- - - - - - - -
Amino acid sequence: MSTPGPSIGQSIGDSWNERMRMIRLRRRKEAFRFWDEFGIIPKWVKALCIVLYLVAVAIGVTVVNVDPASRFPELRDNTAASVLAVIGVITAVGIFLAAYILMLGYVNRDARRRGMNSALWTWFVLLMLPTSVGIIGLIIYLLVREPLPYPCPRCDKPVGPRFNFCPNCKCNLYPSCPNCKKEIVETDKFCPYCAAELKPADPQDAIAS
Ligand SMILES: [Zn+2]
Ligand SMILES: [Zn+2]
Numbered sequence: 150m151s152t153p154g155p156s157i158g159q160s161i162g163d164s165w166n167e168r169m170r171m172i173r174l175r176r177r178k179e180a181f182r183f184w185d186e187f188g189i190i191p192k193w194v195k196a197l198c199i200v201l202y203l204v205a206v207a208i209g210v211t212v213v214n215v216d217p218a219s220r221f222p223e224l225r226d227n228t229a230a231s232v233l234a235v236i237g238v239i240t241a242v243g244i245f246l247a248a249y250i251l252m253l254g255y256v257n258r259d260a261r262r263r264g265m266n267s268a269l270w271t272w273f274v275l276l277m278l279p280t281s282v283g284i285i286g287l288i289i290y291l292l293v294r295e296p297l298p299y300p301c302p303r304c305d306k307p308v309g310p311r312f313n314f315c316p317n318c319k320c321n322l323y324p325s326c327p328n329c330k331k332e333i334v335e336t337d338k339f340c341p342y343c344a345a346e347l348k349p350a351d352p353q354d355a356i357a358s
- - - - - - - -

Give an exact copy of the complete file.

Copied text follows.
Amino acid sequence: MSTPGPSIGQSIGDSWNERMRMIRLRRRKEAFRFWDEFGIIPKWVKALCIVLYLVAVAIGVTVVNVDPASRFPELRDNTAASVLAVIGVITAVGIFLAAYILMLGYVNRDARRRGMNSALWTWFVLLMLPTSVGIIGLIIYLLVREPLPYPCPRCDKPVGPRFNFCPNCKCNLYPSCPNCKKEIVETDKFCPYCAAELKPADPQDAIAS
Ligand SMILES: [Zn+2]
Ligand SMILES: [Zn+2]
Numbered sequence: 150m151s152t153p154g155p156s157i158g159q160s161i162g163d164s165w166n167e168r169m170r171m172i173r174l175r176r177r178k179e180a181f182r183f184w185d186e187f188g189i190i191p192k193w194v195k196a197l198c199i200v201l202y203l204v205a206v207a208i209g210v211t212v213v214n215v216d217p218a219s220r221f222p223e224l225r226d227n228t229a230a231s232v233l234a235v236i237g238v239i240t241a242v243g244i245f246l247a248a249y250i251l252m253l254g255y256v257n258r259d260a261r262r263r264g265m266n267s268a269l270w271t272w273f274v275l276l277m278l279p280t281s282v283g284i285i286g287l288i289i290y291l292l293v294r295e296p297l298p299y300p301c302p303r304c305d306k307p308v309g310p311r312f313n314f315c316p317n318c319k320c321n322l323y324p325s326c327p328n329c330k331k332e333i334v335e336t337d338k339f340c341p342y343c344a345a346e347l348k349p350a351d352p353q354d355a356i357a358s